In your experience, what is the key to creating a dish that customers are crazy about?

The key to a craveable dish is familiarity and a connection, creating something that people can identify with based on past experiences and regionality. And from a craftsmanship standpoint it requires seasonality, quality ingredients and applying technique(s) in the cooking process to enhance, fortify and magnify flavor.

Cooking a craveable fish dish specifically takes into account many steps that are invisible to the customer including the way the fish was butchered, the quality of the oil it is cooked in, and seasoning at every step of the cooking process to build layers of flavor.

A craveable dish also requires simplicity — essentially taking a common dish that people already know and can identify with and then remixing it with amplified flavors and textures.

Personally, what is the ‘perfect meal for you’?

I never want to achieve a perfect meal — what would I do then?? I always want to achieve excellence and sometimes I will hit perfection. But my goal is excellence over the long haul.

In terms of the perfect meal that I would like to eat? That’s a meal that is ultra simple, ultra seasonal, and cooked with a “sure hand,” meaning with lots of care and reverence by someone who put their soul into it.

Are you working on any new or exciting projects now? What impact do you think this will have?

I am currently working on rolling out a product line of condiments under the Saltbox Seafood Joint brand — our cocktail sauce, tartar sauce and mustard sauce. This will allow us to take the brand outside of our current market for people who have been to Salt Box or have moved away (and miss our food) as well as introduce our brand to a new audience.

And my grand scheme is to get my Hush Honey’s into the freezer section of every grocery store in America! The Hush HoneyⓇ is a cross between a North Carolina hush puppy and an Italian zeppole. You can find the recipe in my cookbook, the Saltbox Seafood Joint Cookbook and they were also spotlighted in The Local Palate.

What advice would you give to other chefs or restaurateurs to thrive and avoid burnout?

First and foremost, find time for yourself and make yourself a priority. And don’t get caught up with the traditional culture of late nights and substance abuse that is common in this industry. It’s not the business that burns you out, it’s the overindulgence which burns you out.

Also, it’s really important to check your goals and be clear with yourself as to why you are in this industry in the first place. The day to day work needs to bring you joy, not pining for great reviews or to be featured in magazines.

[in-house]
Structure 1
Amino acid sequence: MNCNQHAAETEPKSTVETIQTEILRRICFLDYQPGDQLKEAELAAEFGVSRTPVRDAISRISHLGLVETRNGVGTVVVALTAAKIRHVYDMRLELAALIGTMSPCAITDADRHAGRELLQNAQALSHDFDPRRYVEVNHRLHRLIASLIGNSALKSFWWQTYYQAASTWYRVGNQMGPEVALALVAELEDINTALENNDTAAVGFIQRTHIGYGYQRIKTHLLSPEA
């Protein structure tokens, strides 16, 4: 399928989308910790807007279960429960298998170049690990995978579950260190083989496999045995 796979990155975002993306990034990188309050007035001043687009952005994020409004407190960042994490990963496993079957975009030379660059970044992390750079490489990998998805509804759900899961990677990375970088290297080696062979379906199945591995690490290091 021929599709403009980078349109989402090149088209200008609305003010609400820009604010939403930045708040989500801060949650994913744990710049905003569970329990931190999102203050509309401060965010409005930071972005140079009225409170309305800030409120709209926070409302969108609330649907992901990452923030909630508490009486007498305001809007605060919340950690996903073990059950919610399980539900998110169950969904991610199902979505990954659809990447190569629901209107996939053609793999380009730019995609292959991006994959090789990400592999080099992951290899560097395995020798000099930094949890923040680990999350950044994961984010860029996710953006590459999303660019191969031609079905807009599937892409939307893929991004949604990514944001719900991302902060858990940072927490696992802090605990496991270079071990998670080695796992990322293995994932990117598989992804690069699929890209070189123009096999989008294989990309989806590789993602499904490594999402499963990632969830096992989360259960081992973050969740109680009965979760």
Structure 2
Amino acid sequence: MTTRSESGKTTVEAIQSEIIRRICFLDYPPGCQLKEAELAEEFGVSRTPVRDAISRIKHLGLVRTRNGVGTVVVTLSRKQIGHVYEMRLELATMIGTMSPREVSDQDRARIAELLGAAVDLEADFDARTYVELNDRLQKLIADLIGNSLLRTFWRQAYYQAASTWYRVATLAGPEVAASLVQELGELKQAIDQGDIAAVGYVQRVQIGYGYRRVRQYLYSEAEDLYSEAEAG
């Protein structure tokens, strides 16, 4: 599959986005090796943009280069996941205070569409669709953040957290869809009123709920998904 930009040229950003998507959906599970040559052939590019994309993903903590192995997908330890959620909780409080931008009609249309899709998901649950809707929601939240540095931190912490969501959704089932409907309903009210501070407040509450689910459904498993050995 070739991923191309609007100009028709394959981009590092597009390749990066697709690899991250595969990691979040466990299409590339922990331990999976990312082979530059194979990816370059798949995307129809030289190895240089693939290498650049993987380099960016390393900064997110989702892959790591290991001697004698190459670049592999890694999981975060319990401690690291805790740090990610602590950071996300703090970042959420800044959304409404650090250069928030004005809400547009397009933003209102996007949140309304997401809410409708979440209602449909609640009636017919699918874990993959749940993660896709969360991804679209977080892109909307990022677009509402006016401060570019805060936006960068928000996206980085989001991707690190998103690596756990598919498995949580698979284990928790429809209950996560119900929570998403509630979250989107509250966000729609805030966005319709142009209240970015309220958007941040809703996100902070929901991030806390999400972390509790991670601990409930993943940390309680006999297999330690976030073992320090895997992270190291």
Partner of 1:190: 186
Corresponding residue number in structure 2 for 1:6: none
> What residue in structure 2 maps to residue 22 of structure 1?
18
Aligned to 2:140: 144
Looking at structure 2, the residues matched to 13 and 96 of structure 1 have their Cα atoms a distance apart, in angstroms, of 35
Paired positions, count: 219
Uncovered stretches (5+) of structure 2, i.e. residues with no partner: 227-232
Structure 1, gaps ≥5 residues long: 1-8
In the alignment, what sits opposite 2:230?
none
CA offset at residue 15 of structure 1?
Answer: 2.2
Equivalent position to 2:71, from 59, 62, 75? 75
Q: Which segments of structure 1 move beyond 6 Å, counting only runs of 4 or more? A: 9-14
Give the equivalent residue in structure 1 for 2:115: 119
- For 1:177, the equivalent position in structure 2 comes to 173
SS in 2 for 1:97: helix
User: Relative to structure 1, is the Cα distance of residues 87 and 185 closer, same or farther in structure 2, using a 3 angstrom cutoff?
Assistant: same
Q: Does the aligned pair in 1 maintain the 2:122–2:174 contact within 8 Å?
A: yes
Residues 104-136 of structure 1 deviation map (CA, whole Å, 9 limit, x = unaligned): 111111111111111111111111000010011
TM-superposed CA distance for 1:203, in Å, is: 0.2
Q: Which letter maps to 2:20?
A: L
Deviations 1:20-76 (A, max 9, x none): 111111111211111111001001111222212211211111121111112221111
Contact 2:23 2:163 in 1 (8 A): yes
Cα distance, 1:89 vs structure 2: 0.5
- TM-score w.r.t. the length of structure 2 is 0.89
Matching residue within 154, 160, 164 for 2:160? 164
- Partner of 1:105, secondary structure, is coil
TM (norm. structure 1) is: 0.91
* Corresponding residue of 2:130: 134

Do you have any advice for “up and coming” young chefs who are in need of guidance to become successful in the culinary world?

Identify what area of this business will make you the happiest and work towards that. Don’t feel forced to take a specific route.

Be patient, learn as much as you can at each level and don’t take the next step until you are ready. It’s a mistake I see young cooks making all of the time; they have had some success as a line cook and then someone gives them a job as a chef — but they don’t have any management skills yet and are not ready to be in charge. This is a major problem in our industry — people in charge without any leadership experience.

My approach was always the same at each stage of my career — identify the person in the position above me and do my current job as if I was in their position so that I was always positioning myself for the next opportunity. I worked at my assigned level and the level above me so that when I was eventually assigned to that level, I was qualified and prepared with a sense of maturity.

COVID-19 has been a trying time for all of us. How are you growing your business during COVID-19? What advice do you have for any chefs who are trying to stay relevant during this time?

I am very lucky that Saltbox Seafood Joint had the ability to adjust quite easily, I’ve always done to-go, and my first location was a walk-up / take-out spot without any indoor seating.

But I’ve also made some serious adjustments and first and foremost made myself flexible. We started making “Ready-to-Eat” meals for the school system and also started offering Family Meals to-go (kind of like a TV dinner for four people).

We have also made a big effort to support our local North Carolina fisherman partners. We invited some of them to set up a temporary fish market in our parking lot and I was selling fresh fish stew using their product; there was a wonderful synergy there.

My advice on how to stay relevant? Stay authentic to your identity and be a rock-star in your neighborhood. When stuff gets hard you must be able to rely on your community and vice-versa.